Here is the Shanghai Expo 2010 China Pavilion, a.k.a Oriental Crown.
Taken by Jian Shuo Wang on March 8, 2009
It does look like a crown.
Where is it?
It is located the crossing road of horizontal and vertical axes. The photo above was taken at the Shangnan Road 上南路 and Pudong South Road 浦东南路. This cross road is also the terminal station of the current Metro Line #8. BTW, Shangnan Road will be the main axes for the Expo site.
The China Pavilion is reported to cost 1.5 billion RMB. It is also one of the first visible architect in the Shanghai Expo Site…
The color of China Pavilion is red. They have a special name for this exact red: Gugong Red, ( 故宫红, or Forbidden City Red). If you see the rendered photo of the completed building, you will find out it is exactly the same red as the walls of the Forbidden City.
The shape of the China Pavilion seems to be created by wood. Imagine you have many toy bricks (long and short), you can create the same architect without any fixing equipment. The whole China Pavilion looks like everything is just put on a pile.
Rendered effect of China Pavilion. Photo in courtesy of Shanghai Expo 2010 Site
The 63 meter tall building looks much taller than it actually is. I guess it is because of its size – it is not higher than most of the buildings in Shanghai, but it is still may be one of the biggest buildings in this city.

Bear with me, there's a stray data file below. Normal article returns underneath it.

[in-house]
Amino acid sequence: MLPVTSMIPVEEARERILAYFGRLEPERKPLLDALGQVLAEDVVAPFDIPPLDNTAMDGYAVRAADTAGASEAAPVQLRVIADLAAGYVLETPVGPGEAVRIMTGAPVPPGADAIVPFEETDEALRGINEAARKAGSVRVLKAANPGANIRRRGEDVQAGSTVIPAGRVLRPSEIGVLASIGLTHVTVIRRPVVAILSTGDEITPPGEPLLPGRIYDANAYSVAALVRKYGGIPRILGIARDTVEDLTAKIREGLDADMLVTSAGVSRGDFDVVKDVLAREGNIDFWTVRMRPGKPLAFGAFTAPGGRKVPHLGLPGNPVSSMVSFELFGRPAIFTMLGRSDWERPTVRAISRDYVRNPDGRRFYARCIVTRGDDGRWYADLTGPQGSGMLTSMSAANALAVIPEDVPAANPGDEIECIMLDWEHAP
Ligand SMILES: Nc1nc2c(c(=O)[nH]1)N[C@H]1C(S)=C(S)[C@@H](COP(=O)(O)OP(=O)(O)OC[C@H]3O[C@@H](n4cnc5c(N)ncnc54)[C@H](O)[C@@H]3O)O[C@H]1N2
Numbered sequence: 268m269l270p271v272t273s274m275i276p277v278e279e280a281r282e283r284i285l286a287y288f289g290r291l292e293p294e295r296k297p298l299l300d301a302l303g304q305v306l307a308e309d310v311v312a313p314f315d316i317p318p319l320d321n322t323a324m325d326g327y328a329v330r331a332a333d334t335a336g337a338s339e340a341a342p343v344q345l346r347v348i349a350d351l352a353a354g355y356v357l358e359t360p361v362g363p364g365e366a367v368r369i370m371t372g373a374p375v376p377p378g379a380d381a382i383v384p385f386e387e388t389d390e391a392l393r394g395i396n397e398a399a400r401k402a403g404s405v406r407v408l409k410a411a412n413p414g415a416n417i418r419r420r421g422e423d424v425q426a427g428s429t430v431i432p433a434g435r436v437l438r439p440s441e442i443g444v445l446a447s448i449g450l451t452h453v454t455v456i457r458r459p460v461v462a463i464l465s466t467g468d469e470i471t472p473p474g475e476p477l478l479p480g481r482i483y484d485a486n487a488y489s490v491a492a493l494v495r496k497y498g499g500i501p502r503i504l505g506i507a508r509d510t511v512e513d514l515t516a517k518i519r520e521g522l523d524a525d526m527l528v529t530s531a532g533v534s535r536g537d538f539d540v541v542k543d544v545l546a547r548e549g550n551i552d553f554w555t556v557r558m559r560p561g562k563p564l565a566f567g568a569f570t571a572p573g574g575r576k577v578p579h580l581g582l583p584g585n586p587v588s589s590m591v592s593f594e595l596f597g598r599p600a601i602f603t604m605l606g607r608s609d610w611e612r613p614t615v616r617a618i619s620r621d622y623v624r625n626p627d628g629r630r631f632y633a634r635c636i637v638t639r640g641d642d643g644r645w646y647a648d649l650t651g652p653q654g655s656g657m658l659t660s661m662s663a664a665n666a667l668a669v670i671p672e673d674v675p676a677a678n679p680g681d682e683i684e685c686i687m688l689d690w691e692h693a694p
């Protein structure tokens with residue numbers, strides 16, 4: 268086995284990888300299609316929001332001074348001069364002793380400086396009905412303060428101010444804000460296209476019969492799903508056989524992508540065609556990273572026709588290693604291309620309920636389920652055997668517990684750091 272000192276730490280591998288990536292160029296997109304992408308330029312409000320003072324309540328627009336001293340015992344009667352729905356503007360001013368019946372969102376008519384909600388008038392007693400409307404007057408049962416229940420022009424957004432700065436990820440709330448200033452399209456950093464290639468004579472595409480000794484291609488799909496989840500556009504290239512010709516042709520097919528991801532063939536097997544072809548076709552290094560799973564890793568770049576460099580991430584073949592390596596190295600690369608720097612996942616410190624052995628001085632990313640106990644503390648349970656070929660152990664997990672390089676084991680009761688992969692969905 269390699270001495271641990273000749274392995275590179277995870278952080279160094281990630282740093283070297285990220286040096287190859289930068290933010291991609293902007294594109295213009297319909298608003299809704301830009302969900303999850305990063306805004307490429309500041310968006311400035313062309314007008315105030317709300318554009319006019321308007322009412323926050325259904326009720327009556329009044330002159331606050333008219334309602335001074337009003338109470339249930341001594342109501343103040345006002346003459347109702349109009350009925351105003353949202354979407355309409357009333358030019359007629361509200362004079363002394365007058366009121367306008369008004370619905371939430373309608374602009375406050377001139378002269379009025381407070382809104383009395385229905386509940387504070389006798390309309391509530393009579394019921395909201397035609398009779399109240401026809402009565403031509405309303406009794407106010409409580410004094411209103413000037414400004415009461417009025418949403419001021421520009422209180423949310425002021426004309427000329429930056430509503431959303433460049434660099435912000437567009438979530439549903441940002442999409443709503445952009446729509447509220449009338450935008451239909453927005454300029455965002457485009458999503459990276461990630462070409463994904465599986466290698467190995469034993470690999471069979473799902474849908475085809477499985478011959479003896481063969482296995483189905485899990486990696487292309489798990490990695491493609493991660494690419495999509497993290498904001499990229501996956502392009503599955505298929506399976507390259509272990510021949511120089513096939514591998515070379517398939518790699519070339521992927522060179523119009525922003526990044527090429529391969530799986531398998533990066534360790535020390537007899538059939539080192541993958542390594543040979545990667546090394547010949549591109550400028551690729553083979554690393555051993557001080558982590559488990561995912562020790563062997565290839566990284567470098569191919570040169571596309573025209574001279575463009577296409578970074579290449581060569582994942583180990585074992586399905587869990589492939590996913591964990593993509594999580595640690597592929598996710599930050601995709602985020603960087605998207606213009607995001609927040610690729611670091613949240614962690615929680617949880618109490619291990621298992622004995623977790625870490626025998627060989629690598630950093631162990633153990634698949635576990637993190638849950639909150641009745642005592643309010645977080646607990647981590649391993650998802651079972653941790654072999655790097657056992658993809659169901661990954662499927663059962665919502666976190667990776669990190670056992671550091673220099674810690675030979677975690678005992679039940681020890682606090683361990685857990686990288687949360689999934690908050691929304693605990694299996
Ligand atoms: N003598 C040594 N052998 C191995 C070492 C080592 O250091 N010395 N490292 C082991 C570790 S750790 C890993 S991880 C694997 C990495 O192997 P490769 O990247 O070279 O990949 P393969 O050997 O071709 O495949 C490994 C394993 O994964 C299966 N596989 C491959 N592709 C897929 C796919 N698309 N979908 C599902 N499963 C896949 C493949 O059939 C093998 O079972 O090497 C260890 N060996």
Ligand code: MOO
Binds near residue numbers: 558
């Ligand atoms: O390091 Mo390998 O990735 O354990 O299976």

The Wisdom of Chinese Architect
The wisdom of Chinese accident wooden architect is, they don’t use nail or fastening things like that. They just put wood part on top of each other. The core is, the wood has too be carefully crafted, so they fit each other perfectly. It is as simple as that.
The whole China Pavilion, as a whole, is just one of the basic element of Chinese architect. It is called Dougong 斗拱. Look at these pictures to understand what it is. Dougong is just the complicated supporting structure on top of a pole in a big building.
This structure started from 2000 years ago (700 BC) till today, and the architectural blood line passed on to 2010. I love this design a lot.
The next time you check out a Chinese wooden building, look up to the top of the big poles, and you will see a Dougong, or in the future, I guess people may say: “There is a Expo China Pavilion on top of each pole of Chinese accident architect”.